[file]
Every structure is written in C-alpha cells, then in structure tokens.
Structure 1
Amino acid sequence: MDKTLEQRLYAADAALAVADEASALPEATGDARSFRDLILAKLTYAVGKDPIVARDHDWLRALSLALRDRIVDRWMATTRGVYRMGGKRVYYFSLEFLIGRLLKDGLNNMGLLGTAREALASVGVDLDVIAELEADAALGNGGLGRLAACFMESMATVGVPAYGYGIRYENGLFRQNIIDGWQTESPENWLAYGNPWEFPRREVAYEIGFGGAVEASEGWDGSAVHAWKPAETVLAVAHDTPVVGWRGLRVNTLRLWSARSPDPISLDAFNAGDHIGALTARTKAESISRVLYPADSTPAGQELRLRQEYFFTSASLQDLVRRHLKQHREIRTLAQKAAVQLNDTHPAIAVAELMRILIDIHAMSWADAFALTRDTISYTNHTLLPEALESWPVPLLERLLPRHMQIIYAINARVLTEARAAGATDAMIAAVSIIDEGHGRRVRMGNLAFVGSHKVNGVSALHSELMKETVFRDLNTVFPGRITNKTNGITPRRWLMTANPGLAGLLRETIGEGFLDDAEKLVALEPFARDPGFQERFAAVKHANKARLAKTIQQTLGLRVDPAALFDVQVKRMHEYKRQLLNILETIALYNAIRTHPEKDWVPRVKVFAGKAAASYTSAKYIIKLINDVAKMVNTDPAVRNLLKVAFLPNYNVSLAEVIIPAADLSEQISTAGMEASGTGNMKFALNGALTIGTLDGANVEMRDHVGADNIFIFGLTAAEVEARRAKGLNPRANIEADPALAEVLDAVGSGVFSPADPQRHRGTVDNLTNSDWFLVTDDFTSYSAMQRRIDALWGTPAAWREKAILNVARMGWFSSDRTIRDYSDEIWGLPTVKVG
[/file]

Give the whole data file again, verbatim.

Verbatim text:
Every structure is written in C-alpha cells, then in structure tokens.
Structure 1
Amino acid sequence: MDKTLEQRLYAADAALAVADEASALPEATGDARSFRDLILAKLTYAVGKDPIVARDHDWLRALSLALRDRIVDRWMATTRGVYRMGGKRVYYFSLEFLIGRLLKDGLNNMGLLGTAREALASVGVDLDVIAELEADAALGNGGLGRLAACFMESMATVGVPAYGYGIRYENGLFRQNIIDGWQTESPENWLAYGNPWEFPRREVAYEIGFGGAVEASEGWDGSAVHAWKPAETVLAVAHDTPVVGWRGLRVNTLRLWSARSPDPISLDAFNAGDHIGALTARTKAESISRVLYPADSTPAGQELRLRQEYFFTSASLQDLVRRHLKQHREIRTLAQKAAVQLNDTHPAIAVAELMRILIDIHAMSWADAFALTRDTISYTNHTLLPEALESWPVPLLERLLPRHMQIIYAINARVLTEARAAGATDAMIAAVSIIDEGHGRRVRMGNLAFVGSHKVNGVSALHSELMKETVFRDLNTVFPGRITNKTNGITPRRWLMTANPGLAGLLRETIGEGFLDDAEKLVALEPFARDPGFQERFAAVKHANKARLAKTIQQTLGLRVDPAALFDVQVKRMHEYKRQLLNILETIALYNAIRTHPEKDWVPRVKVFAGKAAASYTSAKYIIKLINDVAKMVNTDPAVRNLLKVAFLPNYNVSLAEVIIPAADLSEQISTAGMEASGTGNMKFALNGALTIGTLDGANVEMRDHVGADNIFIFGLTAAEVEARRAKGLNPRANIEADPALAEVLDAVGSGVFSPADPQRHRGTVDNLTNSDWFLVTDDFTSYSAMQRRIDALWGTPAAWREKAILNVARMGWFSSDRTIRDYSDEIWGLPTVKVG